And about 3 INTPs in one room, it happens every day in my chemistry class. The teacher is INTP, I am, and at least one other person in the class is, maybe two. And we're the people moving on to AP chem next year.


#10
  1. Do you have INTPs in your life?
  2. Yes, one friend.
  3. If so, do you feel they 'give' you anything?
  4. He gives me knowledge, insight and inspiration, and I have fun talking to him.
  5. Could this 'anything', or something, be respect, companionship and a challenge?
  6. I respect anyone who is smart and knowledgeable. We don't have a big emotional connection but we help each other and do what friends are supposed to do.
  7. INTPs fancy themselves loyal advisors to ENTJs, do you agree with them in this matter?
  8. I've never heard of this before. INTPs usually don't like to be in organizations, or anyone's sidekick. But if you'd give them a lot of freedom in your organization they would be invaluable with their insight.

It's not easy to work with INTPs because they don't like to be lead and they fear being manipulated. They can be passive aggressive and uncooperative and a lot of them are allergic to Te, but some of them can be real geniuses with in-depth expertise in some areas that it pays of big-time to cater to their needs and sometimes irrational fears.

I think INTPs and ENTJs can accomplish great things together and they do in real life. INTPs have great ideas but they can rarely make anything happen. ENTJs are known for making stuff happen.


#11

1. Do you have INTPs in your life?

I have 3 INTP friends.

2. If so, do you feel they ‘give’ you anything?

They’re great at technical detail, very thorough in their research and balance me out in terms of thinking about various strategies.

3. Could this ‘anything’, or something, be respect, companionship and a challenge?

I respect my INTP friends immensely. However, they have the tendency to become stubborn if asked to go outside their comfort zone. Also I always make it a point to document everything INTPs say to me, so that there is no confusion and assumptions later on if we’re working on a project.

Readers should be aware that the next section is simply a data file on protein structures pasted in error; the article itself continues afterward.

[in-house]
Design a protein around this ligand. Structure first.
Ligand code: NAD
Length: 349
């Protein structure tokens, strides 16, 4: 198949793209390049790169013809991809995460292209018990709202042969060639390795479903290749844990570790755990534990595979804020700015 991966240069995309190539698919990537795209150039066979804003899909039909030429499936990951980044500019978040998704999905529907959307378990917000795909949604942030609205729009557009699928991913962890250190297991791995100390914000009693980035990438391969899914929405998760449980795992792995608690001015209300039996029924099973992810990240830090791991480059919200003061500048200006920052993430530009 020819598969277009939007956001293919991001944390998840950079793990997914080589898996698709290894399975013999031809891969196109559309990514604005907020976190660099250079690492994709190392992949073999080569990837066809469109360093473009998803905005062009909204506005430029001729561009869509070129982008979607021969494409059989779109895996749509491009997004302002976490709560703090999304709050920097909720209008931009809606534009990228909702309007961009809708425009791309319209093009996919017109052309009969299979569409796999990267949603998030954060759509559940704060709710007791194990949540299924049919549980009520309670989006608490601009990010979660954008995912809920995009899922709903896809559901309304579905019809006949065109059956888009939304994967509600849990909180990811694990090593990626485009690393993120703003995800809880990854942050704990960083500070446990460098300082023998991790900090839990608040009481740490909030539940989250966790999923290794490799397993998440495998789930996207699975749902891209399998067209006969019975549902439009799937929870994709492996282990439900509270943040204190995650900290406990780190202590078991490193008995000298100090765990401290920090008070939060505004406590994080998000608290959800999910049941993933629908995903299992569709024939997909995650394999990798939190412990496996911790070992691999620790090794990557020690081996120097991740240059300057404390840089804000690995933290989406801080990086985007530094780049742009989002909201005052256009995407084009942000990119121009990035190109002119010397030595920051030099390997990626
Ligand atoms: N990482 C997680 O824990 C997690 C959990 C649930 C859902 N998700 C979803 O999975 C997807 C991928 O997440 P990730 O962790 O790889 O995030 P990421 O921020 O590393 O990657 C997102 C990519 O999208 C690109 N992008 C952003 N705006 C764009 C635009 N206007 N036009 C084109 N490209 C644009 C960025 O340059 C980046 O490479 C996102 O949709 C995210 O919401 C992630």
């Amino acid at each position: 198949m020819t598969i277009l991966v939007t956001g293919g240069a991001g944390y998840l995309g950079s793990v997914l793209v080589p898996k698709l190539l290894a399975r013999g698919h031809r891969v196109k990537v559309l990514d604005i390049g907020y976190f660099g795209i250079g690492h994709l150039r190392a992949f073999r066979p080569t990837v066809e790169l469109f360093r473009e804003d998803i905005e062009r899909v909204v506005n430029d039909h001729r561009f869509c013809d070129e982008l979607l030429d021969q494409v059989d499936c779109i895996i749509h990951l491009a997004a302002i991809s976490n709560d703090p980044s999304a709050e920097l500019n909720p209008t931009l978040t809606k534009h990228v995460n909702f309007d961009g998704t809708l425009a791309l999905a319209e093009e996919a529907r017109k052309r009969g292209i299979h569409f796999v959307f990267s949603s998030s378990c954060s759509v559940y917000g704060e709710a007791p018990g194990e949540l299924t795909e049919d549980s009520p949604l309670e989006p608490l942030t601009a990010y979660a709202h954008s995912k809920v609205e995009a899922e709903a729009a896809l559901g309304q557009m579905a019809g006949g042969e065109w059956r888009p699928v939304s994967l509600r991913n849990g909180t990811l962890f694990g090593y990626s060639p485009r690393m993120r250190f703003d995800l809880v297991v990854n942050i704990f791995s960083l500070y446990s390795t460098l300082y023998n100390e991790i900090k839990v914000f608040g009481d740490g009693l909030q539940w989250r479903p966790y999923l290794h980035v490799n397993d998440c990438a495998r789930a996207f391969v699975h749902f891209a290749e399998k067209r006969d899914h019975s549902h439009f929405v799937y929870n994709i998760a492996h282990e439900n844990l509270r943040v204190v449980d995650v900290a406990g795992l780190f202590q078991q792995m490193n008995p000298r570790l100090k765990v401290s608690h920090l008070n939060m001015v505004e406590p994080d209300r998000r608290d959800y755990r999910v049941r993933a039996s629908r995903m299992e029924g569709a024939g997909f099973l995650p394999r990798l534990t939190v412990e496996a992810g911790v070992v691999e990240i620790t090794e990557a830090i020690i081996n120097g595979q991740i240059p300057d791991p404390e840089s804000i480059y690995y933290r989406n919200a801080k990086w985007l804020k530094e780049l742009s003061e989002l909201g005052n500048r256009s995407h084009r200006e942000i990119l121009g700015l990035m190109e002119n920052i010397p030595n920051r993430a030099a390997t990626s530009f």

4. INTPs fancy themselves loyal advisors to ENTJs, do you agree with them in this matter?

Yes, completely! One of the most dependable and reliable types IMHO.


#12

Complex … wrote: I suspect this is because they are primarily Ti-Ne, whereas I am Te-Ni, i.e. They carefully collect their thoughts to express it into an abstraction, whereas I absorb abstractions to express them into my thoughts and the real world. Another way to put it: they collect data from the real world to build into a theory, I use those and other theories as my intellectual base, and express them into the real world.


Where did you learn this. It makes sense, but it this your conclusion from observation or did you read it?

mserogerb


#13

The funny thing is that it was brought to my attention by my INTP best friend, but it made a lot of sense based on what I had read about cognitive functions (i.e. the order in which your brain seems to process them, and the strength in which they are expressed). Observation backs it up 100% for me from the ENTJ side, as well as for a couple of INTPs that I have questioned intensively on the subject for their Ti-Ne piece. Has improved my relationship with them, now that I understand they are generally processing their Ti silently (directed inwards afterall), and I am processing outwards (Te) verbally, and that I am able to reach conclusions faster based on stored Ni themes, wheras they will take time to evaluate an argument in depth (Ti) in all possibilities to arrive at an Ne (occasionally novel and more likely than me to be correct) conclusion.

In fact, now that I understand it, its quite interesting to try and simulate it - my understanding of the basic INTP thought process is that they seem to collect data intensively and iterate over all possible outcomes (including all sub-branches of the decision tree) to answer any question. This sometimes allows them to pick up on counterintuitive concepts better than I can, so if I come across a particularly thorny analytical problem, feel I need to get into depth, and don’t have a time constraint, I try and take the same extensively iterative approach, rather than go with my gut.


#14

I think you guys are the best psy type around.

I don’t know personally any ENTJ, but my best friend is an ENFJ.